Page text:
3. Develop a Family WRAP® (Copeland, M. 2013 Dummerston, VT. Peach Press). If possible include the person who is receiving sanctuary in the Family WRAP® process.
4. The person who needs sanctuary must have a separate bedroom. A couch in the living room or family room, or a room that is shared with others is not sufficient and will cause more stress for everyone. People who have mental health difficulties often have sleep issues–an inability to sleep or sleeping a lot. They may need to have a light on at night, be journaling, using a computer, be pacing or making unusual noises. It is important that these issues not affect the sleep of other members of the family.
5. If possible, the bedroom for the person who is having mental health difficulties needs to be out of the general stream of household traffic. It may get very messy. And it may be hard for the person to keep it neat at this time. In my situation, I got permission from the person who is staying with us to “tidy up” his space when he was at an appointment. When I did that I was careful to be respectful of the things that are important to him. But I could easily gather up dirty clothes for the laundry, change the sheets on the bed, toss out used tissues and scrap paper, dust and vacuum. That helped a lot.
6. Everyone in the household needs to agree to accept unusual behaviors like the person talking to themselves or yelling at someone who isn’t there, loud playing on a musical instrument, not having regular sleep and wake schedules, hollering, ranting, raving, pacing, foul language. The limits or boundaries of acceptable behavior can be determined in a family meeting with everyone present–and the limits must be acceptable to, and adhered to by everyone who lives in the home, including the person who is receiving sanctuary.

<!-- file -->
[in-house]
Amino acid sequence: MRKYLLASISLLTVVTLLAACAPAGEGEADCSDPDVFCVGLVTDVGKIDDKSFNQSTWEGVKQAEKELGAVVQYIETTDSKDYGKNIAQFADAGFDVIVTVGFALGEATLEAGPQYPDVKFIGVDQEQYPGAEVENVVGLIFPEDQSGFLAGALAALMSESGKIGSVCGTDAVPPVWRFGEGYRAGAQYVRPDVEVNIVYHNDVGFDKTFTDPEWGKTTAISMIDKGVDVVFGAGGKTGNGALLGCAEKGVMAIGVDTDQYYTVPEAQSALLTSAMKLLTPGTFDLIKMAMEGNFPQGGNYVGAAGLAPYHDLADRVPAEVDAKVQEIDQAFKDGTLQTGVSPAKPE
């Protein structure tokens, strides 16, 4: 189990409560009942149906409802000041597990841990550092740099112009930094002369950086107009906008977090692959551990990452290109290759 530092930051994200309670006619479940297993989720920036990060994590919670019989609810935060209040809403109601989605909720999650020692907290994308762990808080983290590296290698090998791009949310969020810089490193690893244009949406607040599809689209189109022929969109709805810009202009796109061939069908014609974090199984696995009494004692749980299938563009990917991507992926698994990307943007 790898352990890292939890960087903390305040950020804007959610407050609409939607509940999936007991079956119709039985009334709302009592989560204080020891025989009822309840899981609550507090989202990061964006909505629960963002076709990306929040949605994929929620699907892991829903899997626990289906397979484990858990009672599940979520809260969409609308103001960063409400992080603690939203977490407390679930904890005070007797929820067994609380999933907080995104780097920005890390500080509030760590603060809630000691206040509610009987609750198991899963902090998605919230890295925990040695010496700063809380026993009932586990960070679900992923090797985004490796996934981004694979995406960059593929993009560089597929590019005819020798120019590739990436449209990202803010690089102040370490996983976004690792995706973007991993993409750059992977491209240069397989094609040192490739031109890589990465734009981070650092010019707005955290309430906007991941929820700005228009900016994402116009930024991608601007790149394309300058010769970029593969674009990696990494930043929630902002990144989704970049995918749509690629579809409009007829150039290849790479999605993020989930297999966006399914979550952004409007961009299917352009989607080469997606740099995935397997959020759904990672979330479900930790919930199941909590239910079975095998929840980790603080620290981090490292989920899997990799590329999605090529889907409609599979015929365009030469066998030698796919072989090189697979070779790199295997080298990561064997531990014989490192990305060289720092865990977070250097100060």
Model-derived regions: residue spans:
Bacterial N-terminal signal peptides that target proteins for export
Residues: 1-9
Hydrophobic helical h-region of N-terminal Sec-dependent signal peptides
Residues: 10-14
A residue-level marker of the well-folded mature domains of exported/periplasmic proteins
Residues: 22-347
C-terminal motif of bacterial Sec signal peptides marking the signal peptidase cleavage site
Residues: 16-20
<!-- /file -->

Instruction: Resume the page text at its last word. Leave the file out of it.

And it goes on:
7. Be absolutely clear about behaviors that are not acceptable and the consequences. For instance, you might say shaming, blaming, teasing, bullying and threatening anyone is unacceptable. If these things happen we will talk about it once. If it happens again, you will have to find a different place to stay.
8. Limits or boundaries may need to be set up around clean up, tidiness, times when noise is acceptable and not acceptable, phone and television usage, friends stopping by and leaving lights on or having them off.
9. Listen, listen, listen as much as you can. The person’s sharing doesn’t have to be rational or make sense. The talking itself is healing. Have clear boundaries around your ability to listen. You can say something like I have 10 minutes when I have to listen and then I have to go. Or you can say, “I can listen to most things, but when you talk about how your friend was hurt, it is too hard for me to hear”.
10. If possible, have opportunities for the person to express him or her self in whatever way they choose–drawing, painting, making music, exercising, hitting a pillow, etc.